#benchmark #http

nightly bin+lib rsb

a http server benchmark tool, written in rust

9 releases

0.2.0 Jul 30, 2023
0.1.12 Jul 30, 2023
0.1.9 Jun 26, 2023
0.1.7 Apr 18, 2023
0.1.5 Mar 20, 2023

#423 in Command line utilities

35 downloads per month

MIT license


rsb - rust benchmark

Build Status License MIT Codecov Crates.io

rsb is a http server benchmark tool written in rust. The development of this tool is mainly inspired by the bombardier project, and I would like to thank the author for his contribution. On the other hand, this tool was developed primarily to learn and understand Rust.


If you are a Rust developer,and you have already installed Rust-related toolchains locally, you can install them through Cargo.

cargo install rsb

Or you can go Release Page to download the compiled version for the corresponding platform. If docker is installed, you can directly use the compiled docker image

// image from github container registry
docker run --rm ghcr.io/gamelife1314/rsb -n 50 -l -c 10  https://httpbin.org
// image from docker hub
docker run --rm gamelife1314/rsb -n 50 -l -c 10  https://httpbin.org

If you want to use the automatic completion function of the shell, you can output the completion script corresponding to the shell through a command similar to the following. rsb supports bash, elvish, fish, powershell, and zsh. For example:

eval "$(rsb --completions zsh)"


First, let's take a look at the overall picture of this tool:

rsb --help

The tool has two modes when running, which must be specified when using it. One is based on the total amount, that is, you need to declare how many requests you need to send in total, which can be specified by the -n parameter. The other is based on the running time, which means how long you need to test, which can be specified by the -d parameter, and the unit is seconds.

First, let's look at the example of specifying the total amount:

rsb -n url

Let's look at another example of specifying the test duration:

rsb -d url

During use, we usually encounter too many specified numbers, or the specified test time is too long. When you want to cancel in the middle, you can cancel it directly through ctrl-c. After the tool receives the signal, it will complete the current request. Exit directly and output the current statistics.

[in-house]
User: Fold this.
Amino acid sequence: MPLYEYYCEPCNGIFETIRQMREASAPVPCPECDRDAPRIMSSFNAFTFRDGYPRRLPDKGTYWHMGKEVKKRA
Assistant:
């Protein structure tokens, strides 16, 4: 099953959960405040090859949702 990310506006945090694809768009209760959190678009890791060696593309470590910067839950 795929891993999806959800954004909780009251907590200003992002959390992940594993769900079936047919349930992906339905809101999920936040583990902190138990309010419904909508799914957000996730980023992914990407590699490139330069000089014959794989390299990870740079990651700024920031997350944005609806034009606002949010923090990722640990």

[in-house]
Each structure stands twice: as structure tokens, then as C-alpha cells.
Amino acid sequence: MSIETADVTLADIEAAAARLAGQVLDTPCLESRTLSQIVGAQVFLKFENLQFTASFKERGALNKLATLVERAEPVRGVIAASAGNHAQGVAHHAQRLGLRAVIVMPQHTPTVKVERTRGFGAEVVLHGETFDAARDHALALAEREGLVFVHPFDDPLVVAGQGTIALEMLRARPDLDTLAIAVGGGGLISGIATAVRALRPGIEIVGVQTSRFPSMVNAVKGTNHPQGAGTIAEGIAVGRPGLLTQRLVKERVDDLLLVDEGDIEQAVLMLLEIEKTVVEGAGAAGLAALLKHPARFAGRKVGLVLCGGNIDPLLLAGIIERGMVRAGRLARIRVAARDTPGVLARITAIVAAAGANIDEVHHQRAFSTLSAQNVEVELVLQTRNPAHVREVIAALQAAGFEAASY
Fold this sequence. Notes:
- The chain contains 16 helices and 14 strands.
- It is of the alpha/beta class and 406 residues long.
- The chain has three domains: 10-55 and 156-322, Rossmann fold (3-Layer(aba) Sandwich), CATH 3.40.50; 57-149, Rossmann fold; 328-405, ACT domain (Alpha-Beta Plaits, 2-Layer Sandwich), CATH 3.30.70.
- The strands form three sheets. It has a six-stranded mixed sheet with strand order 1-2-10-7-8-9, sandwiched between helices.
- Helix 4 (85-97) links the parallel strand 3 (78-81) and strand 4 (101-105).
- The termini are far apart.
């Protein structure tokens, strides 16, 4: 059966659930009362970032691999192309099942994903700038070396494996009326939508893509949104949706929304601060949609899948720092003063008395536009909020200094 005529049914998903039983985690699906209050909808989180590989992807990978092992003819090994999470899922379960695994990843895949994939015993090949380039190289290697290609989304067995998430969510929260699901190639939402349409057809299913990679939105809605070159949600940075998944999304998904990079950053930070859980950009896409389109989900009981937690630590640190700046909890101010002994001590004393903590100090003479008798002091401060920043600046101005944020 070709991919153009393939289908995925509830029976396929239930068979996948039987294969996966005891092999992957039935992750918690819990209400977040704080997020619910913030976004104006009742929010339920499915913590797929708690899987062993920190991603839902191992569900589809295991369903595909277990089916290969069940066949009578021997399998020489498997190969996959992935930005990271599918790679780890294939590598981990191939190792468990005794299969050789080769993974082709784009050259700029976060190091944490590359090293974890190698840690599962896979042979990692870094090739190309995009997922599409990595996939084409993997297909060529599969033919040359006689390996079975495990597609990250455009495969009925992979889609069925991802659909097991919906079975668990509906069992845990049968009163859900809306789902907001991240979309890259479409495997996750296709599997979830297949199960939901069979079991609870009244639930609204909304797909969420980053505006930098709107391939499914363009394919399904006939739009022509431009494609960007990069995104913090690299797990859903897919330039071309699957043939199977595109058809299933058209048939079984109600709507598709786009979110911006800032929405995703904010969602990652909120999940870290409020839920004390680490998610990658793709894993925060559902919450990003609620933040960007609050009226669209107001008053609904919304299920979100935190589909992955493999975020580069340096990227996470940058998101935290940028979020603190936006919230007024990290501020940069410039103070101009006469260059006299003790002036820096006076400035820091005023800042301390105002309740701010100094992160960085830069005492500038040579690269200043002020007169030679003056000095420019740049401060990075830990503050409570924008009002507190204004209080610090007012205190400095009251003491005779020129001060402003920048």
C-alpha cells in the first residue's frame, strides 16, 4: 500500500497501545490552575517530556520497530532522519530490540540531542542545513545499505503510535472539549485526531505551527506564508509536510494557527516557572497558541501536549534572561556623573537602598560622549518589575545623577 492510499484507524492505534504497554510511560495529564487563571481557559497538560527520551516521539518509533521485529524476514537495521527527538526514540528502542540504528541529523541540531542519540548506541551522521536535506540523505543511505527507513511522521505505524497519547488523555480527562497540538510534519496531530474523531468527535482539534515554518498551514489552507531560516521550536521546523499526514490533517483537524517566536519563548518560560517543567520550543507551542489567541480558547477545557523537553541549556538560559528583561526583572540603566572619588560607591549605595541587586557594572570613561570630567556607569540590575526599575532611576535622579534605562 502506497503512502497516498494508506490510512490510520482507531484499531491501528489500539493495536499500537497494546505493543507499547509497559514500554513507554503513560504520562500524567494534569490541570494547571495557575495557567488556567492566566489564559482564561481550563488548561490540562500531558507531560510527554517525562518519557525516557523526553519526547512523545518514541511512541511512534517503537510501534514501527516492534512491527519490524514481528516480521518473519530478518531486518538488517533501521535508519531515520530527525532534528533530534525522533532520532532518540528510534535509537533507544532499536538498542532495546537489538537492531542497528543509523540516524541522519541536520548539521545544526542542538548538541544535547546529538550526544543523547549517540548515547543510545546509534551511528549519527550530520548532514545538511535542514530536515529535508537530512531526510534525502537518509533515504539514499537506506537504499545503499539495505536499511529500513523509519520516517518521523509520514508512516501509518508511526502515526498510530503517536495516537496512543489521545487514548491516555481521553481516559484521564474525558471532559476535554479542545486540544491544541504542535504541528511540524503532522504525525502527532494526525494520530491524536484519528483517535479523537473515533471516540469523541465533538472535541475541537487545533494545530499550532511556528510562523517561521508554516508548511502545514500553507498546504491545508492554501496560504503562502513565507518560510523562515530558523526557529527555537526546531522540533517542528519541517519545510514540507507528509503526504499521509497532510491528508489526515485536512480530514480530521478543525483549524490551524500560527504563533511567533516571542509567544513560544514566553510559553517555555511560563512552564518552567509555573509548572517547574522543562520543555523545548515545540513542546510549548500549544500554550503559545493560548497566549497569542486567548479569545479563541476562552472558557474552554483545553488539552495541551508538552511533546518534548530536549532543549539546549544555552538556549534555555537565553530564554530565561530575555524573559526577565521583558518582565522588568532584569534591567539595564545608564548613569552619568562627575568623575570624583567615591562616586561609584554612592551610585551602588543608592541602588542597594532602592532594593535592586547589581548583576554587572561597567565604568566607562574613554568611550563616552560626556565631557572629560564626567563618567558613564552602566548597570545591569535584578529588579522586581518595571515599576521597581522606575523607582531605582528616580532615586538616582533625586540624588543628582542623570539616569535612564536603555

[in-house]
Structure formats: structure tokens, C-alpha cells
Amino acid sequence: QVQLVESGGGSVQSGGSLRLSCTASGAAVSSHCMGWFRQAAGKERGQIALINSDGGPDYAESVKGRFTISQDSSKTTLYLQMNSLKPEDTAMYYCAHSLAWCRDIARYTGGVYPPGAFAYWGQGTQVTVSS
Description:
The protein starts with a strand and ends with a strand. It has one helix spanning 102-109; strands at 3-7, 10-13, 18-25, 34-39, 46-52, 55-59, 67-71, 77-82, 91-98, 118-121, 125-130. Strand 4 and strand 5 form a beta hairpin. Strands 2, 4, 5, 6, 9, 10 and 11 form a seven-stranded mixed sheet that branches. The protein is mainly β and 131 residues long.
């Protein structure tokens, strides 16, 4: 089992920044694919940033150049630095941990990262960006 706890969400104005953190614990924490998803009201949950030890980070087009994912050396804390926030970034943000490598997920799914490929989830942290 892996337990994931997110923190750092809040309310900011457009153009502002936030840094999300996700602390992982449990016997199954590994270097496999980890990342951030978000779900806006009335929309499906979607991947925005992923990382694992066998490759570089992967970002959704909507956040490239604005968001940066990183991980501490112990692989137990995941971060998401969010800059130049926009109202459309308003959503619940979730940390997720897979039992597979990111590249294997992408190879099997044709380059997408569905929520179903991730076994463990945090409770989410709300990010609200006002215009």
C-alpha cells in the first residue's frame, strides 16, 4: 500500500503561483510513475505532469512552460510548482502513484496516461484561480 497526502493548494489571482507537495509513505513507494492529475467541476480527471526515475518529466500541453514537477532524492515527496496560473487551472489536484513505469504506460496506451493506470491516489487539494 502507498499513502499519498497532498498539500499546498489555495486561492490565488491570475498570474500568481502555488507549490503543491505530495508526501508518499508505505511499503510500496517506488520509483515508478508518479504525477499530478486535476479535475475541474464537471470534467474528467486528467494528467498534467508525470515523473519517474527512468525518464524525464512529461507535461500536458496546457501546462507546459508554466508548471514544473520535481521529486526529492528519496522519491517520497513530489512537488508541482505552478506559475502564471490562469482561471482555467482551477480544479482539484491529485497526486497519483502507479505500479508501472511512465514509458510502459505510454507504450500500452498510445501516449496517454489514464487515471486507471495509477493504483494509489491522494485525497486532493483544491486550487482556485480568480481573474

Item Description
Reqs/Sec Count the requests sent and received responses per second, and then calculate the average, maximum, and standard deviation.
Latency Record the time taken for each request from sending to receiving the response, and then calculate the average, maximum and standard deviation
Latency Distribution Sort the time consumption of each request, and then take out the data under each percentage to calculate its average.
HTTP codes Quantity statistics of various response codes
Throughput Throughput is obtained by dividing the number of concurrency and the average request time, and the unit is: reqs/s


Custom request headers can be specified via the -H parameter, example: -H=k:v,k1:v1. It should be noted that if Content-Type is set, but --json-file, --json-body, --text-file, --text-body, --mp, --mp-file, --form are also set , then it will be overwritten.


The tool core uses request to send Http requests, so it currently inherits its support for proxies. The proxy for HTTP requests can be set through the environment variable http_proxy, and the proxy for HTTPS requests can be set through the environment variable https_proxy. The use of socks proxy is also supported. Here are more declarations about proxies.


export http_proxy=;export https_proxy=;export ALL_PROXY=socks5://


If you want to set the request body as a text type, you can specify a file as input through --text-file, or specify a string through --text-body. Note that these two parameters can only be selected from one of the two, and cannot coexist with other request body setting parameters. when requesting, the content type will be specified as: text/plain.


rsb -n 100 --text-body "anything"
// or
rsb -n 1 -m POST --text-body "chatgpt4.0 is coming and very strong"


If the data type you want to send is JSON, you can specify it with the --json-body parameter, or read it from a file with --json-file. When requesting, the request type will be specified as: application/json.


rsb -n 1 -m POST --json-body '{"version":"v0.1.0","name":"rsb"}'
// or
rsb -n 1 -m POST --json-file json.txt
// or build json body from external command, this will call rsbg program to generate request body
cargo run -- -c 50 -t 5s -n 5000 -l --json-command "rsbg hello world xxx 1" -m POST


If you want to send a request of type application/x-www-form-urlencoded, you need to pass the --form parameter. This parameter can be specified multiple times, and multiple key-value pairs can be declared each time.


rsb -n 1 -m POST --form=k:v,k1:v1 --form=k2:v2


If you want to send a request of multipart/form-data type, or want to upload a file, you can specify parameters through --mp and specify the file to be uploaded through --mp-file.


rsb -n 1 -m POST --mp-file=f1:LICENSE,rsb:target/debug/rsb.exe --mp=k1:v1


If the server needs to verify the client's certificate, you can pass --cert and --key to specify the client's certificate and key respectively.


rsb -n 500 -l --cert client.pem --key client-key.pem

You can refer to the following Go code to generate and start an https server for testing:


func main() {
	caCert, _ := ioutil.ReadFile("rootCa.pem")
	caCertPool := x509.NewCertPool()

	tlsConfig := &tls.Config{
		ClientCAs:  caCertPool,
		ClientAuth: tls.RequireAndVerifyClientCert,

	server := &http.Server{
		Addr:      ":9443",
		TLSConfig: tlsConfig,

	http.HandleFunc("/hello", hello)
	http.HandleFunc("/headers", headers)

	if err := server.ListenAndServeTLS("server.pem", "server-key.pem"); err != nil {


~541K SLoC